Idaho's Grumpy Gus governor gets more upbeat
March 25, 2012
Wow! Did Idaho's economy suddenly brighten or what? At least Gov. C.L. (Butch) Otter must think so.
A couple of years ago, Otter was a veritable Grumpy Gus.
In 2010, chief economist Mike Ferguson told Otter the state's struggling economy would produce enough tax money to support $2.43 billion worth of programs. The governor didn't believe him. Otter agreed to low-ball the revenue estimate by another $143.4 million - a move that compelled the state to cut spending for schools, higher education and programs to help the needy that much more.
Former Gov. Cecil D. Andrus was so certain Otter had misread the situation he placed a $100 wager on Ferguson.
It turned out Andrus and Ferguson were right. But many of the cuts remained in place.
Today, the situation is reversed.
With state tax collections outpacing projections by about $32 million for the first two months of the year, Otter now expects the trend to continue.
In other words, he's willing to bet the state will have 5.7 percent more money next year - while more sober-minded lawmakers think the number is closer to 4.4 percent.
Nobody knows. Spring lies ahead, notably April when income tax returns are finalized. Since the Great Recession began, that's been a troubled season for state revenue collections. For instance, it's unclear if the state collections got ahead in February because the economy is progressing and more people are working - or simply reflects the state not finishing as many income tax refunds as it expected. In other words, when those refunds are processed in March or April, would it provoke an unexpected dip in revenues?
Even so, there's a structural imbalance looming ahead. Otter's revised budget recommendation relies on $47.3 million that's available to spend just once to pay for ongoing programs. Two years ago, Otter resisted drawing money from reserves for continuing obligations. Now it doesn't cause him so much grief.
Not that Otter intended to spend the state's bounty on people who sacrificed during years of scarcity.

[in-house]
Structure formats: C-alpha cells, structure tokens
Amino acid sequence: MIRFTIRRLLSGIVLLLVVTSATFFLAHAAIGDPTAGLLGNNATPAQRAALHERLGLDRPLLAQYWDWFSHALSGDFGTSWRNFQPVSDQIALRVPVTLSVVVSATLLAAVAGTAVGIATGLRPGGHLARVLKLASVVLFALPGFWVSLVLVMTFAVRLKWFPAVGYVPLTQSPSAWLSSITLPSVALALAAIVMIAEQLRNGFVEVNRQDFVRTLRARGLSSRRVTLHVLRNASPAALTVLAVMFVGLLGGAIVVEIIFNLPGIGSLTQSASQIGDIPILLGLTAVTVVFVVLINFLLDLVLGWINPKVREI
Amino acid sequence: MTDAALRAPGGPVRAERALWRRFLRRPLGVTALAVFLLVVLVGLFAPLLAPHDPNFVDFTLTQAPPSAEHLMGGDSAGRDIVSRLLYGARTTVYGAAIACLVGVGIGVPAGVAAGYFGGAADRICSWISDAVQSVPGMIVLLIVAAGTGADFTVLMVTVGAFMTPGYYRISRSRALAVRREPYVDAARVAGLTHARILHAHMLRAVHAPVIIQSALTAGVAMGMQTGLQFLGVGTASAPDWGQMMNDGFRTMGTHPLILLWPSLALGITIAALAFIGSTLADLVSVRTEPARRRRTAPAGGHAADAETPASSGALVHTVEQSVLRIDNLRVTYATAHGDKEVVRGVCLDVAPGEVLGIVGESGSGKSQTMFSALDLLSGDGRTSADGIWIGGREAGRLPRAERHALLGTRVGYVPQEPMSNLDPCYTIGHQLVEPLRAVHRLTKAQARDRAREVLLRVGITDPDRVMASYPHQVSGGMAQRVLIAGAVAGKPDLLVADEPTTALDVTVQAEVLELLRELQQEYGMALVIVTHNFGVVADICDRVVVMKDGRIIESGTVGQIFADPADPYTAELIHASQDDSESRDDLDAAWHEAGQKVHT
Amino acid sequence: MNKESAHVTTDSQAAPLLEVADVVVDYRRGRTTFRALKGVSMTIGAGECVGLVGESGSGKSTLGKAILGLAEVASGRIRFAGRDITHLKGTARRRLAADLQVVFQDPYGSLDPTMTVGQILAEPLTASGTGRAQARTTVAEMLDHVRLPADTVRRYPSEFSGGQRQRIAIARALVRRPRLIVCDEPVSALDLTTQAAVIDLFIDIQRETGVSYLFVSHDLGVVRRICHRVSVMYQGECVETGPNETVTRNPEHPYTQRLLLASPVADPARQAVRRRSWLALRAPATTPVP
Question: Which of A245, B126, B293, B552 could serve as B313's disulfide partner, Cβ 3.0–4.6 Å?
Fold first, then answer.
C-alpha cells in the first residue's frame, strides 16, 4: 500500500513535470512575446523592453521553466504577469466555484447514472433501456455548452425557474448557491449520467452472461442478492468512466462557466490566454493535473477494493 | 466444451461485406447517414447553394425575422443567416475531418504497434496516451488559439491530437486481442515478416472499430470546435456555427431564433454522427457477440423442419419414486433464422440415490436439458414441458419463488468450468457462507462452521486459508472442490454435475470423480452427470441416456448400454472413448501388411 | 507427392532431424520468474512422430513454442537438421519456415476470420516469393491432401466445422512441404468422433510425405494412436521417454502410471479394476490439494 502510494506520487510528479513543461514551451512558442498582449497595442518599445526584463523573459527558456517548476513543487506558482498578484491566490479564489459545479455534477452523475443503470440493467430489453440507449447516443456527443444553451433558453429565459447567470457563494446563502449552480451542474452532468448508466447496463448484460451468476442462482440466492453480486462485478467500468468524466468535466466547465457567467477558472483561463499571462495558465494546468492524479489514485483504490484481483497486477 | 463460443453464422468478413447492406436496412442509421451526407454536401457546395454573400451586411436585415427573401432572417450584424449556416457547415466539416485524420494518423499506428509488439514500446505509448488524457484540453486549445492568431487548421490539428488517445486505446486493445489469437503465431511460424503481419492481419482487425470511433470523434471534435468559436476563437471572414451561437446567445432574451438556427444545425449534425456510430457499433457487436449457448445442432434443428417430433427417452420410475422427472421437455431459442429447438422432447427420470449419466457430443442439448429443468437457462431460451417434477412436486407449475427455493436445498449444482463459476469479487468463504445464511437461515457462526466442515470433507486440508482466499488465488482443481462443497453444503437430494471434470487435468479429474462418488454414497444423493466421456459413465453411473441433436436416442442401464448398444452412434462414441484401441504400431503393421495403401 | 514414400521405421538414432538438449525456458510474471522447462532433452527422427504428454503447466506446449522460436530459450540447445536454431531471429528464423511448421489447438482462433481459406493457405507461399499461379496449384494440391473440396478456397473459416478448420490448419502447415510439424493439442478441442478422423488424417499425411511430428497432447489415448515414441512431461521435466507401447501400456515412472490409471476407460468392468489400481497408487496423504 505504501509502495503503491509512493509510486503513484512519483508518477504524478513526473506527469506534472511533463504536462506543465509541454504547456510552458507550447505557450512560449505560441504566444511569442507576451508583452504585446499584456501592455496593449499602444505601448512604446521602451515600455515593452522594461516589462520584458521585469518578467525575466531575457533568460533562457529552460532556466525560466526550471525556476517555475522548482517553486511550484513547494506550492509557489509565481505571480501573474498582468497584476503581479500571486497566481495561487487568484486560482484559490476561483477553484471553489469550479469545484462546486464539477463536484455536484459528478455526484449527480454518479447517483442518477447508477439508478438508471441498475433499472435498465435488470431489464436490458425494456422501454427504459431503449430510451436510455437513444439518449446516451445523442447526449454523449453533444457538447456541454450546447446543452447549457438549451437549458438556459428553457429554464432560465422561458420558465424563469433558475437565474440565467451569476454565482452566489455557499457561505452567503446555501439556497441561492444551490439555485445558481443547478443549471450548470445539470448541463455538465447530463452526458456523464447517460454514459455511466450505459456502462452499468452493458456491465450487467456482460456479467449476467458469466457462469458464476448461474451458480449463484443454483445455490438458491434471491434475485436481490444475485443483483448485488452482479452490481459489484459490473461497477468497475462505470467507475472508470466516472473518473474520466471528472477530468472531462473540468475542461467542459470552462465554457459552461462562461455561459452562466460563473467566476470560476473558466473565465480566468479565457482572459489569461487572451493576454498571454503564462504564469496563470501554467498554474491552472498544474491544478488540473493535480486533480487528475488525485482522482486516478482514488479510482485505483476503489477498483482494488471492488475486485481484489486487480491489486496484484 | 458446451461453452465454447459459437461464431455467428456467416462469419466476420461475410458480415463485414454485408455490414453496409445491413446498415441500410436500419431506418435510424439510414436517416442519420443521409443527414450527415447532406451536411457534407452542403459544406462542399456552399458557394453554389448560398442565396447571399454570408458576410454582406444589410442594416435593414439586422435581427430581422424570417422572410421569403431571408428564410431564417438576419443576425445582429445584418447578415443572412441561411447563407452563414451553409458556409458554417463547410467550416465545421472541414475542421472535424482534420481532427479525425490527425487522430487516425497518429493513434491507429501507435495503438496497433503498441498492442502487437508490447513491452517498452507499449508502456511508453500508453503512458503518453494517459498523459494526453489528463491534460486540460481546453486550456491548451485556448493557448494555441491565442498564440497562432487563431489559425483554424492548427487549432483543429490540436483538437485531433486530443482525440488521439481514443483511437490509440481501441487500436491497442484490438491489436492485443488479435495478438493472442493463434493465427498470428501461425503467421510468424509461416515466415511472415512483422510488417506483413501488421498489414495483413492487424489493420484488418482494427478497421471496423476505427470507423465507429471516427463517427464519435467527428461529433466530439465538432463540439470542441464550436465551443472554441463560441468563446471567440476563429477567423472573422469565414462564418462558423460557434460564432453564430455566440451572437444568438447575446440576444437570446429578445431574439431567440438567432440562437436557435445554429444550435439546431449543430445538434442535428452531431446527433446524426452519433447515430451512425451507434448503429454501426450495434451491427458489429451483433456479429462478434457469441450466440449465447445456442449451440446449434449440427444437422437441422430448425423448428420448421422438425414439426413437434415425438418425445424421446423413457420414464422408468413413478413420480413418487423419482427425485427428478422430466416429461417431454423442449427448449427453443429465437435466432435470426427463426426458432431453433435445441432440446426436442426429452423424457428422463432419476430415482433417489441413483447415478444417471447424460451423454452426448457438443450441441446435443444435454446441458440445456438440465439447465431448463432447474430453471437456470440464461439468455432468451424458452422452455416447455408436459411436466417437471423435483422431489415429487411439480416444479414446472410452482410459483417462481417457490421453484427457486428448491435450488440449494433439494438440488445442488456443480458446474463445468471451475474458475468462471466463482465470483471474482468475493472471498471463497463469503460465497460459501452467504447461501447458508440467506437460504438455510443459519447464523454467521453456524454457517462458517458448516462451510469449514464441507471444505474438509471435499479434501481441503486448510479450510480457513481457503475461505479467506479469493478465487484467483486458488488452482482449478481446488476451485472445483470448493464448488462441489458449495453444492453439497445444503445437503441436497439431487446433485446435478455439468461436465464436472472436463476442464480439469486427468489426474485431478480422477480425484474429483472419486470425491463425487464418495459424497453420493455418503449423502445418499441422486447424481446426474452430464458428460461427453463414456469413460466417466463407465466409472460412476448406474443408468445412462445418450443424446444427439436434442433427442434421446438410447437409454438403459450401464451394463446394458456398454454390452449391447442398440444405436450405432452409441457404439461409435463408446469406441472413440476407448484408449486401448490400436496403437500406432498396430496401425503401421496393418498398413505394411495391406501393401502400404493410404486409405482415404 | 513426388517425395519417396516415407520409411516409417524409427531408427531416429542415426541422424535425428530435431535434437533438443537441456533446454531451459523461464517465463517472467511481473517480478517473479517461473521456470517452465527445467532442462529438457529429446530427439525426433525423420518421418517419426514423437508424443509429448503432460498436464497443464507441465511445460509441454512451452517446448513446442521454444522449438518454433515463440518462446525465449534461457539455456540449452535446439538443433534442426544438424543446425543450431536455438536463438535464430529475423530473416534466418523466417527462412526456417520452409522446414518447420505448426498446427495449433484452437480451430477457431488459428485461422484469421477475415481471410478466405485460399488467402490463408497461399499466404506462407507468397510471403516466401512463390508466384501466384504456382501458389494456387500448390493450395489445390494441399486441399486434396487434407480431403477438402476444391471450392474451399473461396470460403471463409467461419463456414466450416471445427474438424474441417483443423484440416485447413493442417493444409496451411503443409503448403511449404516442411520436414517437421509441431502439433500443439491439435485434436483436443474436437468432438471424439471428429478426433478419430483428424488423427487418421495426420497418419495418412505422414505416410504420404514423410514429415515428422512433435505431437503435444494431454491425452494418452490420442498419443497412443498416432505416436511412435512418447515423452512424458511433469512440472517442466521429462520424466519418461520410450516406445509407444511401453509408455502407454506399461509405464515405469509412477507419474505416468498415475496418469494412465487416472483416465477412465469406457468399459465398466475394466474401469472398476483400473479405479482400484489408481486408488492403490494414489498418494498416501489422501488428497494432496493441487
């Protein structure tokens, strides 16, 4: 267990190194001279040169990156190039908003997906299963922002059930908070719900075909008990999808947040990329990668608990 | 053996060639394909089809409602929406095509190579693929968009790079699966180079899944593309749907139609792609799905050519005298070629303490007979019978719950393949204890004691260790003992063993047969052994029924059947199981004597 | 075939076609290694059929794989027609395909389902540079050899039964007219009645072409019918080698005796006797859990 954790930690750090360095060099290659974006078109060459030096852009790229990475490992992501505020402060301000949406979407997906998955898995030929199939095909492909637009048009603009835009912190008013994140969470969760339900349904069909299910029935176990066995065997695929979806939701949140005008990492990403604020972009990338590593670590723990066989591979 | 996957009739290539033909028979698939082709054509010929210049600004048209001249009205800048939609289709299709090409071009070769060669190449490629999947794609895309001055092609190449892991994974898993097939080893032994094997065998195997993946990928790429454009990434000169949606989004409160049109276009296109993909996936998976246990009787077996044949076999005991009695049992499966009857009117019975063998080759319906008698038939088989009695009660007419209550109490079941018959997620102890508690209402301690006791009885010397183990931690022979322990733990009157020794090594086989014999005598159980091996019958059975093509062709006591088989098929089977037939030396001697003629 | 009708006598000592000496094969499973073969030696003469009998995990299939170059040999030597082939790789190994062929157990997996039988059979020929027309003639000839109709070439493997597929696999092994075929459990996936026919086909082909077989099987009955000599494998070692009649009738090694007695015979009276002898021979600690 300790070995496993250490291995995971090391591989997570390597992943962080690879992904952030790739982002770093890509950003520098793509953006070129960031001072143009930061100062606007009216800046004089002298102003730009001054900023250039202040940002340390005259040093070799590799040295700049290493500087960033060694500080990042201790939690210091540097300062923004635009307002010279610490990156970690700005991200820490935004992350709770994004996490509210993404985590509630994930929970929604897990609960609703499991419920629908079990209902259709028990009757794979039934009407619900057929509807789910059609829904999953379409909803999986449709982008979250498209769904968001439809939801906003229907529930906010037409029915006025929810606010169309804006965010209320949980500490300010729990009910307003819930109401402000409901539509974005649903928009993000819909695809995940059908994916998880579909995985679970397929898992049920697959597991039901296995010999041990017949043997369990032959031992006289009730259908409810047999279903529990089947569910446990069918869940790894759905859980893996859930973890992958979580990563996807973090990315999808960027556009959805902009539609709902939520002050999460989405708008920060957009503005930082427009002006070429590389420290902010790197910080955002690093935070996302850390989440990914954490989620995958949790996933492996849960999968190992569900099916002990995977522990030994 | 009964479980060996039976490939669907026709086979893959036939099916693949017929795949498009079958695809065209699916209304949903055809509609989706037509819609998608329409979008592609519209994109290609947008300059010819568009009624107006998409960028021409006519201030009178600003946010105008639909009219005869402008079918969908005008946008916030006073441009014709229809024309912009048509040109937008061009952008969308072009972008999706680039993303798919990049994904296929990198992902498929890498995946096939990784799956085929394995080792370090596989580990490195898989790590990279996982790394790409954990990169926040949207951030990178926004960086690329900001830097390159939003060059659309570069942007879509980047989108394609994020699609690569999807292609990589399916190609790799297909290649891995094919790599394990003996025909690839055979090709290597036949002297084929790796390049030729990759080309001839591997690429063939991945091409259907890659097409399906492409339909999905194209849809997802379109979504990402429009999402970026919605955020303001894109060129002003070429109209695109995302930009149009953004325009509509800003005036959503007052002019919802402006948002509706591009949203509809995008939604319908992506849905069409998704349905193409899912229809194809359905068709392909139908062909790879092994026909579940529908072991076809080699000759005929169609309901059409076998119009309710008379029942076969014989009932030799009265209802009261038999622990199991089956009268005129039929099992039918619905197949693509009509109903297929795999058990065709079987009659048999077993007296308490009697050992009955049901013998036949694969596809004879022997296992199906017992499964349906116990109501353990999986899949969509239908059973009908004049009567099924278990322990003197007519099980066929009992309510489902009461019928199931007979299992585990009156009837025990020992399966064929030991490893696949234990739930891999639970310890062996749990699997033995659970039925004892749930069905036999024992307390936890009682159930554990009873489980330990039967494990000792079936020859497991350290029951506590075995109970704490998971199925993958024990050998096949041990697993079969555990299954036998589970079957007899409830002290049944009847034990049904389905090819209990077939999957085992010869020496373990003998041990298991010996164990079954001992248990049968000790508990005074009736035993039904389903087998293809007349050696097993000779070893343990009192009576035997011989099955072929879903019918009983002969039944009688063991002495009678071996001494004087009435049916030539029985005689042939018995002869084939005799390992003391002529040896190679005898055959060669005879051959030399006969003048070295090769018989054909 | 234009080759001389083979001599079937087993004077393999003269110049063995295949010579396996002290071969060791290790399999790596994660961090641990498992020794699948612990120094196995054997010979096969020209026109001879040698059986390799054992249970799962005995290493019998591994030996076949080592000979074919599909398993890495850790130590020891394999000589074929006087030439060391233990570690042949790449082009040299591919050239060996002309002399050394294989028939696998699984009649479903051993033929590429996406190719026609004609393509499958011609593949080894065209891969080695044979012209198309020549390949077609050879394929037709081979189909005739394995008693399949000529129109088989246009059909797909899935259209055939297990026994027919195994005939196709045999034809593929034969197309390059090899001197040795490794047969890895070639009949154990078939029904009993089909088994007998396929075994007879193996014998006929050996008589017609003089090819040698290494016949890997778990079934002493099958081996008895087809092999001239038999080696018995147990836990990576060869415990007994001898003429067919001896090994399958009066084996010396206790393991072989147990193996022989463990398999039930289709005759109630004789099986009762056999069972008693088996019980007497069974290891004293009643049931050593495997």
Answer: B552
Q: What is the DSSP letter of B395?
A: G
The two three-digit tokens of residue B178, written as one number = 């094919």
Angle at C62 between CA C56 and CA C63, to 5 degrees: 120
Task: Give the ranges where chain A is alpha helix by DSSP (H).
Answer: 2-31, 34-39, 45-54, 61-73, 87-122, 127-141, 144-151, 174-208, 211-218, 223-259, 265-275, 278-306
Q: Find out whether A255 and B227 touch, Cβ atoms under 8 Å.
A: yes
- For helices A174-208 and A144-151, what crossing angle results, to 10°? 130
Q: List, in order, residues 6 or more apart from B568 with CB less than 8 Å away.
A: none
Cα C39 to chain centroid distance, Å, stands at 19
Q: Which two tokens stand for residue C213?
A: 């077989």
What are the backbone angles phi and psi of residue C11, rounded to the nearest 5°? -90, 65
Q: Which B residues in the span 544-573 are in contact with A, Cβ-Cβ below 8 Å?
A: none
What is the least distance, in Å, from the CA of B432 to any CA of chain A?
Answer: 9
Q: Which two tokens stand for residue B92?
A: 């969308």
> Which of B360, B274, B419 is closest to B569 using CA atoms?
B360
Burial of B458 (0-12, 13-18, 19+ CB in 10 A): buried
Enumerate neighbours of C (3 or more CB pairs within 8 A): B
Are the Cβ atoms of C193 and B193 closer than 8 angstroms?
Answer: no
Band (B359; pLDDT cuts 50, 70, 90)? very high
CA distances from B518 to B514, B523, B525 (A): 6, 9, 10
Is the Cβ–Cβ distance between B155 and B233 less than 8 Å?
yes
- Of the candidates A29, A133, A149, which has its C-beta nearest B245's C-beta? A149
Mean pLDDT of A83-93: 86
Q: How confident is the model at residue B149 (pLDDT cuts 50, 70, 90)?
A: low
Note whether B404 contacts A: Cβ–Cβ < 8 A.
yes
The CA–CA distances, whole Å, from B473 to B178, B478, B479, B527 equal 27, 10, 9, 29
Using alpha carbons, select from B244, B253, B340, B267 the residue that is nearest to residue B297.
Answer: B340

State employees, he said, could get by on a one-time 3 percent bonus. Lawmakers decided a 2 percent permanent pay hike was justified.
Nor was Otter planning to restore nearly $19 million pulled from teacher payrolls to pay for school Superintendent Tom Luna's online learning and technology initiatives. But legislative budget-writers backfilled the funding.
No, Otter plans to sock away $60 million in a rainy day account - even though the state budget has yet to recover from years of reductions - and a $35.7 million income tax cut. Most of that tax relief would go to Idaho's wealthiest citizens - the 16 percent or so who earn enough to fall into the top income brackets. After they pay federal tax on this new income, these fortunate few will receive about $25 million worth of relief from the state. For a person earning $1 million a year, Otter's tax break trickles down to $2,600 extra.
Just the same, they could count on receiving it every year. Otter wants to make the tax cut permanent - something he was unwilling to do for state workers or teachers.
So when it comes to justifying deeper than necessary cuts to schools, colleges and health care, Otter sees the revenue glass as half empty.
But when it comes to helping the rich to a bigger share, the governor's glass is overflowing.
Originally posted at http://lmtribune.com/opinion/article_f407eac4-5431-57ae-9bc4-fe71d65cb5da.html
The editorial posted here is provided by permission of its original publisher and does not necessarily reflect the views of Idaho Public Television.
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